A lack of understanding has led some companies to approach carbon trading as more of an operational factor than a treasury function, notes Tait. “The ones that saw it as more of an operational task that the factory manager should be looking at are the ones that typically are still sitting long and are down about €10 a tonne,” he notes. “The moral of the story is that some companies just haven’t taken it seriously enough. And the ones that have are typically doing a lot better out of it.”

“The utilities as the main compliance buyers are still on slow speed, but might face in the future a huge carbon bill – the governmental allocation has set the utilities extremely short,” adds Ansorg. RWE for example is reportedly in need of 70mn tonnes per year.

Banks have also been slow to enter the market and are now playing catch-up, says Sullivan.

They will only come in when it is mature and better understood, he adds, noting that in the 1970s “there wasn’t one bank trading alumina futures. Today the majority of alumina brokers are banks.”

With carbon allowances, “the utilities cottoned on long before the banks did. And I think one of the major problems was utilities are traditionally clients of the bank, but in this case they were leading the charge,” says Tait.

Within carbon credits however, “there’s more of a natural role for the banks,” he argues. A lot of project developers are ABN’s natural clients, meaning it needed to be involved early on to service clients.

No need yetThe trade platform that IFC has could be used for carbon trading but while the organisation does see potential, it “hasn’t seen any need for it yet,” says Georgina Baker, senior manager, global financial markets department, at IFC in Washington, DC.

“IFC has been involved in the carbon market at many levels from providing long-term financing to projects that abate greenhouse gases to acting as an agent of the government of Netherlands by providing offtake for emission reductions from projects,” she says.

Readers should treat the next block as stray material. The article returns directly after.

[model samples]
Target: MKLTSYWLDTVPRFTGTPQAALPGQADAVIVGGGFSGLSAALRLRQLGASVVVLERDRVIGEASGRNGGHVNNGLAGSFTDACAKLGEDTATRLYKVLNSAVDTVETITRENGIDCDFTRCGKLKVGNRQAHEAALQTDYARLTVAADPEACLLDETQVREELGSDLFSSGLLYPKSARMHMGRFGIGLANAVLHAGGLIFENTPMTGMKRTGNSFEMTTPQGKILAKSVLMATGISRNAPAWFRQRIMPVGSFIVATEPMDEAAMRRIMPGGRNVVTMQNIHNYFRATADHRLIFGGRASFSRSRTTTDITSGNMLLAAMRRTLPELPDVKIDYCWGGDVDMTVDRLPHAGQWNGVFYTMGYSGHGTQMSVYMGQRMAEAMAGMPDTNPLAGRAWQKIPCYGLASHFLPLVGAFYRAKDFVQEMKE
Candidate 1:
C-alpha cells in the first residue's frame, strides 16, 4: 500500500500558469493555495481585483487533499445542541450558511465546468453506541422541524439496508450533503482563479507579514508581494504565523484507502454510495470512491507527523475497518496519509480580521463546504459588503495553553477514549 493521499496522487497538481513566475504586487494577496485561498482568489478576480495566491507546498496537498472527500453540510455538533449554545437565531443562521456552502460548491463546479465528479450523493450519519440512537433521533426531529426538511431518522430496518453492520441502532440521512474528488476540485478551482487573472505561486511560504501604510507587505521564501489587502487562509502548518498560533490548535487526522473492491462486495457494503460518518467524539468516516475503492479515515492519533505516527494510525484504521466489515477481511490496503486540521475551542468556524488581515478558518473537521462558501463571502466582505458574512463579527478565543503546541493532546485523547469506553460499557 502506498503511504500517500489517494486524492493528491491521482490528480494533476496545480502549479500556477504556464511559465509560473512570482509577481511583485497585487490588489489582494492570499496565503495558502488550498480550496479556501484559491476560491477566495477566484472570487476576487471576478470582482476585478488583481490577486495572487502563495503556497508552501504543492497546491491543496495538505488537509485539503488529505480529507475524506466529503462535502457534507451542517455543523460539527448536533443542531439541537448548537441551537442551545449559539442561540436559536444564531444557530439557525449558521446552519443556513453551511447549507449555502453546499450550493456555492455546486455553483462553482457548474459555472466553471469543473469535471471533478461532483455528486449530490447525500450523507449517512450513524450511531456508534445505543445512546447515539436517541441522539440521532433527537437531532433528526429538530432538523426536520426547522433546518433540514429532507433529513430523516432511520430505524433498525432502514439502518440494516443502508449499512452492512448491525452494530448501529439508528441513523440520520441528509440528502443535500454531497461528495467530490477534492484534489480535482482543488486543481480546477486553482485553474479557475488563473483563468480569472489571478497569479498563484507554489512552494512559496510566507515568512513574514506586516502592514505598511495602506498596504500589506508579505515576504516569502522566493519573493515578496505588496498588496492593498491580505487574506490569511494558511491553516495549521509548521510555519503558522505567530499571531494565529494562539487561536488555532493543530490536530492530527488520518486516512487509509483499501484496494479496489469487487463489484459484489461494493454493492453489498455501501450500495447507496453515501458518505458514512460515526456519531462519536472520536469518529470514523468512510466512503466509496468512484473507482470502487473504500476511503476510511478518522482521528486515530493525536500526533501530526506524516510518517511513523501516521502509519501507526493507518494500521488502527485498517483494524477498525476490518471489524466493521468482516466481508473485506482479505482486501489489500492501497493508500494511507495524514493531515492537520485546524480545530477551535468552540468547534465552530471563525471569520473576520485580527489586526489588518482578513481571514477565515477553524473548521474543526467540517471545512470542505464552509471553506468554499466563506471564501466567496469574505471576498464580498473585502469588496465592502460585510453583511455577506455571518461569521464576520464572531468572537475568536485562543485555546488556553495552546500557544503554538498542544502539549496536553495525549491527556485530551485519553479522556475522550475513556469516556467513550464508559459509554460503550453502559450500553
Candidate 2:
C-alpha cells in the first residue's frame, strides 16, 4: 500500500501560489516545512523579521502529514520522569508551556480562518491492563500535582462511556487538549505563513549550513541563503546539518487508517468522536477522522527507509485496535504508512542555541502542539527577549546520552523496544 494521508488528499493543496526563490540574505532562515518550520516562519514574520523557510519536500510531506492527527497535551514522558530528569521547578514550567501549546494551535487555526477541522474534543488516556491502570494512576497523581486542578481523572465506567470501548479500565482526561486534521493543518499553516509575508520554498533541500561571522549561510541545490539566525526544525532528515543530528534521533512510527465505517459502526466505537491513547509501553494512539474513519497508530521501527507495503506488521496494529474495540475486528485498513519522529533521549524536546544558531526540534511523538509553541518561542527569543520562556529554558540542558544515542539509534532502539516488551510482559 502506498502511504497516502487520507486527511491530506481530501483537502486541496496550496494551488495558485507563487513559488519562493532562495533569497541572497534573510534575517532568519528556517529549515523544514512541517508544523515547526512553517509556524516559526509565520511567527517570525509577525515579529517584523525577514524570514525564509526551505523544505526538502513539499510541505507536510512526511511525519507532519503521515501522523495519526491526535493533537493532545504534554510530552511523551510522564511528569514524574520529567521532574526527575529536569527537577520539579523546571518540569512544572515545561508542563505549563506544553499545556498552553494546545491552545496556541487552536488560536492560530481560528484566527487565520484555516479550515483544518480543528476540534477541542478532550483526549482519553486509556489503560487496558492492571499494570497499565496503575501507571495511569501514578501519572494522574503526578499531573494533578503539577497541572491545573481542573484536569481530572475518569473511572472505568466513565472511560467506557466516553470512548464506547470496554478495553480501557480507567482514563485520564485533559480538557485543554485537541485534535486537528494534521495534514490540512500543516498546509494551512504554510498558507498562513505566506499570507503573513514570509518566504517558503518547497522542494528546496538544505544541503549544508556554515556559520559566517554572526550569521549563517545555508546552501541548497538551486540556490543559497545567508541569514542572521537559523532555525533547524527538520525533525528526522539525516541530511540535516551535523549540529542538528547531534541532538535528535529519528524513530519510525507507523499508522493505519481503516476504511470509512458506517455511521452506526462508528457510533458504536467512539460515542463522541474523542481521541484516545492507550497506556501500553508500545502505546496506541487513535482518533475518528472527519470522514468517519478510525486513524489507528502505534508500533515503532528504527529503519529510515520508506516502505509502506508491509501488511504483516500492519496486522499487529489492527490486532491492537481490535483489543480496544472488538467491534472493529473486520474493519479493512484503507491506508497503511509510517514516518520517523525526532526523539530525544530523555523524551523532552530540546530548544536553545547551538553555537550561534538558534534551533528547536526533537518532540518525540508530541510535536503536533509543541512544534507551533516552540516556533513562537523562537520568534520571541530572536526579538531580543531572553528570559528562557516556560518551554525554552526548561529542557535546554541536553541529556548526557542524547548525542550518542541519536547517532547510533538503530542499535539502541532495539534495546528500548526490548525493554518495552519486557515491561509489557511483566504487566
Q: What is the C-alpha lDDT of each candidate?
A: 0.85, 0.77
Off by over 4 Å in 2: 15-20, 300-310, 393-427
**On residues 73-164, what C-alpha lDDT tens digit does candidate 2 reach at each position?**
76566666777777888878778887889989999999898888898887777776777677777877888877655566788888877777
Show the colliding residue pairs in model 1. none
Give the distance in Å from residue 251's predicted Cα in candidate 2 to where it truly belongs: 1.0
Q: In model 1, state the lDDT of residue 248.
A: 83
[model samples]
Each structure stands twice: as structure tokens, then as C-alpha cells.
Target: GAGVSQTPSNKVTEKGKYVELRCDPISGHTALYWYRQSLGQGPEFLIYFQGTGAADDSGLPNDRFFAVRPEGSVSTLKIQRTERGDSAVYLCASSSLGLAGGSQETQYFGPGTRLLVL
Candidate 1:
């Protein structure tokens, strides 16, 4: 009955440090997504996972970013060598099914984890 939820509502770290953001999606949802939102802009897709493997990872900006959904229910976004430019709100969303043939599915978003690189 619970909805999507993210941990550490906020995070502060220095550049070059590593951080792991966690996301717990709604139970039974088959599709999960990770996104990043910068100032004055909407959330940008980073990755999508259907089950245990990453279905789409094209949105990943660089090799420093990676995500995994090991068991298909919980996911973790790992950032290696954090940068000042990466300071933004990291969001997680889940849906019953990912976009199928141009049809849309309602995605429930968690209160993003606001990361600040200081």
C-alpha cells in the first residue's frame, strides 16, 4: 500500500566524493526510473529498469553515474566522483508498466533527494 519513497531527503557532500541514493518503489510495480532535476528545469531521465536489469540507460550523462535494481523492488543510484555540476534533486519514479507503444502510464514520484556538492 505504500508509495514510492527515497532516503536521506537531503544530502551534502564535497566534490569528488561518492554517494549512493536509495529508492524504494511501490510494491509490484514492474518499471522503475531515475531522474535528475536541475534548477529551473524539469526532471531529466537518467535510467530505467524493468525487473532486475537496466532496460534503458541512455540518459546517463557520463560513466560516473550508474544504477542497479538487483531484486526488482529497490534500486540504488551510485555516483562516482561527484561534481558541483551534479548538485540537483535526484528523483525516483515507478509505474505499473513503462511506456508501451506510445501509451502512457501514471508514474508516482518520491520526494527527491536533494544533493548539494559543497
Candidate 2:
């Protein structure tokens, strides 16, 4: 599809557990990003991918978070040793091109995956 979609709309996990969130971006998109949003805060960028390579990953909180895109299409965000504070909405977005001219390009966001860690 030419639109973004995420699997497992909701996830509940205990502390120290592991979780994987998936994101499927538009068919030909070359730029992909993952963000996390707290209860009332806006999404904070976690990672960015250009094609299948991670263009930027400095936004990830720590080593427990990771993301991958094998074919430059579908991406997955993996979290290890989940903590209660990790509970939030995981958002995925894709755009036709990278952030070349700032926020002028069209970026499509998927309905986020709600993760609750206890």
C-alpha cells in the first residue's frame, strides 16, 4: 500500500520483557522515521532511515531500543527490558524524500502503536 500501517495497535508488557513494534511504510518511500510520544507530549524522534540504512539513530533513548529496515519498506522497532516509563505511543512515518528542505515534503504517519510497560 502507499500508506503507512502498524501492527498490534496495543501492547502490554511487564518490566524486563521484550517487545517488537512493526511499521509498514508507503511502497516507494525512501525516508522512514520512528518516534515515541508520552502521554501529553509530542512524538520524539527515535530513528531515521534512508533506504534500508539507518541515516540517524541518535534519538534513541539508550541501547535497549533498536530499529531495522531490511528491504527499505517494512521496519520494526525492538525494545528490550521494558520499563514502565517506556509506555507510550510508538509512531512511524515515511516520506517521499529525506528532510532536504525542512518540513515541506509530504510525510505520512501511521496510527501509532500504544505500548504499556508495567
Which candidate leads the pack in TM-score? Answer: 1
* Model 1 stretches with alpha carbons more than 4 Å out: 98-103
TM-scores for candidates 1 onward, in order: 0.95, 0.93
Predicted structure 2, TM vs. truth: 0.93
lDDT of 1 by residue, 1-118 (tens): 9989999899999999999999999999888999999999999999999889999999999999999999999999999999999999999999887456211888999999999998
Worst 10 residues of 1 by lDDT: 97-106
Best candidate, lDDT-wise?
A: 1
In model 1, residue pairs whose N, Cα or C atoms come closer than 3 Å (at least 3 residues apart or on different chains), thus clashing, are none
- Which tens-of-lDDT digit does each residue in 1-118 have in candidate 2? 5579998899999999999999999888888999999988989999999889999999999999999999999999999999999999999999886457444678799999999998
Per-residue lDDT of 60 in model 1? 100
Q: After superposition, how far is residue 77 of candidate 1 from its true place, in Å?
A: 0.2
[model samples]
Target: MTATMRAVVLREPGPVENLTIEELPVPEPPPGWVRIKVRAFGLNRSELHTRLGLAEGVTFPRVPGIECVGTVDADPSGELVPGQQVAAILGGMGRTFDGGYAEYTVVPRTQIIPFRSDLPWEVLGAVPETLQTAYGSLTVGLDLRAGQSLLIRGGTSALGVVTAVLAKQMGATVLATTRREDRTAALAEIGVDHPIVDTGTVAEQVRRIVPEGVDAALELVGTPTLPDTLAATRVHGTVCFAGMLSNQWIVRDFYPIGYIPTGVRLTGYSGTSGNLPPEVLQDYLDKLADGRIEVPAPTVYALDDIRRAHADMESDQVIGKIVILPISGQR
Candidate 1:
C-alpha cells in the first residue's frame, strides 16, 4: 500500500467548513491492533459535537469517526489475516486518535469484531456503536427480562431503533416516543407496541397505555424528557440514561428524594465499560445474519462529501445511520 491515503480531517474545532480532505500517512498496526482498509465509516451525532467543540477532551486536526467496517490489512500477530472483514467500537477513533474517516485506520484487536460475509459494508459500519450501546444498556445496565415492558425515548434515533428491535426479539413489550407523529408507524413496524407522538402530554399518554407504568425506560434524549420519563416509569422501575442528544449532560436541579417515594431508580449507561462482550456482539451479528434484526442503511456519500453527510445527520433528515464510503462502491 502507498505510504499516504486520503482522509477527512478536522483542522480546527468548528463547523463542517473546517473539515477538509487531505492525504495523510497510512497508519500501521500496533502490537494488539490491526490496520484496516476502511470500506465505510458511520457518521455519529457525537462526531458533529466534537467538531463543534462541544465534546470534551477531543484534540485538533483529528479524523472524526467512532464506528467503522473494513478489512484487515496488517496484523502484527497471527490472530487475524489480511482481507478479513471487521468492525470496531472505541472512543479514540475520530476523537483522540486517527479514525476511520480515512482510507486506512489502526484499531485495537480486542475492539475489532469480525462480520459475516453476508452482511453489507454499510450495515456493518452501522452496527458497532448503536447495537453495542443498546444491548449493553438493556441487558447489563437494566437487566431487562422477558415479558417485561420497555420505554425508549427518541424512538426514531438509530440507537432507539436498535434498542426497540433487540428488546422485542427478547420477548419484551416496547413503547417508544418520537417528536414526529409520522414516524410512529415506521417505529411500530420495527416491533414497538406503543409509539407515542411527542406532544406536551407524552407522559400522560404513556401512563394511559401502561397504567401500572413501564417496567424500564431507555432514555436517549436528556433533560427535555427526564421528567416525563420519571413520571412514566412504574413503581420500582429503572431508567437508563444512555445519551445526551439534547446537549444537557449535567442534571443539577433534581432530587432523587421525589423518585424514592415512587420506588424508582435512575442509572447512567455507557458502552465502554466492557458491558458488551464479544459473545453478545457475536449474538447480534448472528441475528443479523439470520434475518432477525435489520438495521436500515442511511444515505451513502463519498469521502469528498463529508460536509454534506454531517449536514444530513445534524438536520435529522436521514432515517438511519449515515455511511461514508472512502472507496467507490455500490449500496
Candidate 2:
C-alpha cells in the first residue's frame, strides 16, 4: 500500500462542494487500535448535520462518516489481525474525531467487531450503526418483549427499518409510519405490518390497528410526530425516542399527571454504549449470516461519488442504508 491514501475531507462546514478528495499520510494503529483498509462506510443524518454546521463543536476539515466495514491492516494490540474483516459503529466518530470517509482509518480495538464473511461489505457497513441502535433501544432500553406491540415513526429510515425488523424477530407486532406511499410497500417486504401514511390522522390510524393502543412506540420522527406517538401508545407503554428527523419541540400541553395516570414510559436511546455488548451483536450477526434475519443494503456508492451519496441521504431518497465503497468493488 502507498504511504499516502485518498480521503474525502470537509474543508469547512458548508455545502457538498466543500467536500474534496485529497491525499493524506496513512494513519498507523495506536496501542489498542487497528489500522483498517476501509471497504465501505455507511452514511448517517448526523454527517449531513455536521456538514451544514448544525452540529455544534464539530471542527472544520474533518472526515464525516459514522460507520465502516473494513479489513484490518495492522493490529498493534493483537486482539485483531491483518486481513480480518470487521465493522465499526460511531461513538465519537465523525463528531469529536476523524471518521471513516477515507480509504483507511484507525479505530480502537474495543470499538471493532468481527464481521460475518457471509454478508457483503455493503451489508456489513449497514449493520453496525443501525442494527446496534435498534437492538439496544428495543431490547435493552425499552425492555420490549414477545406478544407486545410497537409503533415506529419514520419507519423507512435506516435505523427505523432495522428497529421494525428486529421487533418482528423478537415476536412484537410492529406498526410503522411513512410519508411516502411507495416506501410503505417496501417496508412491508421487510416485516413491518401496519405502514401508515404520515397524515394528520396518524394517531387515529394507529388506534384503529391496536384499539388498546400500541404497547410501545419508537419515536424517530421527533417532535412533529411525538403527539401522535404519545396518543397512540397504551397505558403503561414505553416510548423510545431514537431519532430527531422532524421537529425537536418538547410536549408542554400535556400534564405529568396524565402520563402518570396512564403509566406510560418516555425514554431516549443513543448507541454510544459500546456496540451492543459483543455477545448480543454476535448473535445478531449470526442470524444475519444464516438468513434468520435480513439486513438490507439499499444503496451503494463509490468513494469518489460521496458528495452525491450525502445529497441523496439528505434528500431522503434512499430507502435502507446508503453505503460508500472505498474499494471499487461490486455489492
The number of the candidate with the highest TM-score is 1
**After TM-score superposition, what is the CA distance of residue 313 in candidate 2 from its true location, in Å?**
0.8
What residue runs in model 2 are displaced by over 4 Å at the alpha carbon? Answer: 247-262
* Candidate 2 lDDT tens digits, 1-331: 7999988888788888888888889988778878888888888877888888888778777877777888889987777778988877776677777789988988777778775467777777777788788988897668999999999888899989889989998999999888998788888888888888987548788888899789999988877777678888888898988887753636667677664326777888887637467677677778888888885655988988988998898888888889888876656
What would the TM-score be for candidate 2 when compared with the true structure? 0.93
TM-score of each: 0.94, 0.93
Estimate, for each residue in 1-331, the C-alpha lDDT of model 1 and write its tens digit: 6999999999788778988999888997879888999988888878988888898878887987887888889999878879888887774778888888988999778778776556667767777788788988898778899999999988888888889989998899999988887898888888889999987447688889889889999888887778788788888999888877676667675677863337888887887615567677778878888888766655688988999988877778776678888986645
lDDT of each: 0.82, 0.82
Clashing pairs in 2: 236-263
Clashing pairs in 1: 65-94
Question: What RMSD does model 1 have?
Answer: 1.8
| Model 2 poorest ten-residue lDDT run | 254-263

It has been increasing carbon market access for projects by using its balance sheet to guarantee delivery of project-based credits through 2012 to buyers in Europe and Japan who value certainty of delivery.

Carbon credits are finally beginning to be introduced into trade finance deals, says Noble’s Ansorg.

“Banks and insurance companies are beginning to accept carbon credits as a commodity and as collateral. Nevertheless, the market is in its early days and especially the involved performance risks in the CER business might delay a fully functioning market for structured finance products nearby.”

“There’s a lot more heat than light in carbon trading at the moment,” says John MacNamara, managing director, structured commodity trade finance, Deutsche Bank, in Amsterdam. However, “certainly we’ve been working on it – in our Global Markets area we’ve got a big team trading carbon credits. And on the trade finance side we’ve come across a number of projects, particularly in say Brazil, where part of the objective of these clients is to generate carbon credits.”

“The trouble is with connecting the two. It does seem that with some of the clients in the emerging markets it’s sufficient that they do something to offset their carbon emissions. They’re not terribly interested in the next step, trading,” he adds. “I’m sure you will see deals come up which will be able to generate carbon credits and the repayments will be from the sale of the carbon credits, but we haven’t got there yet.”

Ultimately, a carbon trading team can be a vital back-up for other banking businesses, as well as boosting an organisation’s environmental credentials, and despite the regular bashing it receives, is making a difference, traders say.

Carbon trading means that the bank can offer a “natural hedge” on many of its project financings, says Tait. With “a lot of the environmental financing that we do, it’s important to have a capability here to be able to deal with the compliance instruments.”

The fact that the bank is there to make markets for its clients also helps them focus on the environment more, he argues. “And ultimately, in terms of our own green objectives, we are seeing companies change their behaviour significantly once they realise there’s a bit of money to be made out of it.”

Some clients are already focusing on the cost of carbon when they look at internal financing prospects, he says. “You’re not going to find every company overnight suddenly factoring in the efficiency of a new boiler ? but some of the really clued up guys are starting to factor that into their investment decisions,” he says. “That economic carrot really does seem to be working.”

  • Helen Castell reports.